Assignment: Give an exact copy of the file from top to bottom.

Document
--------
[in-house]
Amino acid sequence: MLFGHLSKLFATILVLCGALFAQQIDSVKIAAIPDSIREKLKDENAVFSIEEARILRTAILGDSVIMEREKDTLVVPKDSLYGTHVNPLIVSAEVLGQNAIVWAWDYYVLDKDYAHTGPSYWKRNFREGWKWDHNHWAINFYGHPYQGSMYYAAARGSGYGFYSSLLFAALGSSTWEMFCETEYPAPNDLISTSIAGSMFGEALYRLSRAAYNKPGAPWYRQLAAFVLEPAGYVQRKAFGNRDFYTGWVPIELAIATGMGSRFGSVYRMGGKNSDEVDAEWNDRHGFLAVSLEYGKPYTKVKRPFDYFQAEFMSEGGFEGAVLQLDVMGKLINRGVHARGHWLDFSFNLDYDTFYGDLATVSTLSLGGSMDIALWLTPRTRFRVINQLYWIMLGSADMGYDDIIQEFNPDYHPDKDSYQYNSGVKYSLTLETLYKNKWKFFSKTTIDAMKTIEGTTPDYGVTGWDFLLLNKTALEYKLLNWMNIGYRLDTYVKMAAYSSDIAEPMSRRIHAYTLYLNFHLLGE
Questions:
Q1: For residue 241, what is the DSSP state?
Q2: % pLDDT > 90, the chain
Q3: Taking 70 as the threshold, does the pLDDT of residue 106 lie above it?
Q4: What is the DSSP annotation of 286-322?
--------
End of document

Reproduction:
[in-house]
Amino acid sequence: MLFGHLSKLFATILVLCGALFAQQIDSVKIAAIPDSIREKLKDENAVFSIEEARILRTAILGDSVIMEREKDTLVVPKDSLYGTHVNPLIVSAEVLGQNAIVWAWDYYVLDKDYAHTGPSYWKRNFREGWKWDHNHWAINFYGHPYQGSMYYAAARGSGYGFYSSLLFAALGSSTWEMFCETEYPAPNDLISTSIAGSMFGEALYRLSRAAYNKPGAPWYRQLAAFVLEPAGYVQRKAFGNRDFYTGWVPIELAIATGMGSRFGSVYRMGGKNSDEVDAEWNDRHGFLAVSLEYGKPYTKVKRPFDYFQAEFMSEGGFEGAVLQLDVMGKLINRGVHARGHWLDFSFNLDYDTFYGDLATVSTLSLGGSMDIALWLTPRTRFRVINQLYWIMLGSADMGYDDIIQEFNPDYHPDKDSYQYNSGVKYSLTLETLYKNKWKFFSKTTIDAMKTIEGTTPDYGVTGWDFLLLNKTALEYKLLNWMNIGYRLDTYVKMAAYSSDIAEPMSRRIHAYTLYLNFHLLGE
Questions:
Q1: For residue 241, what is the DSSP state?
Q2: % pLDDT > 90, the chain
Q3: Taking 70 as the threshold, does the pLDDT of residue 106 lie above it?
Q4: What is the DSSP annotation of 286-322?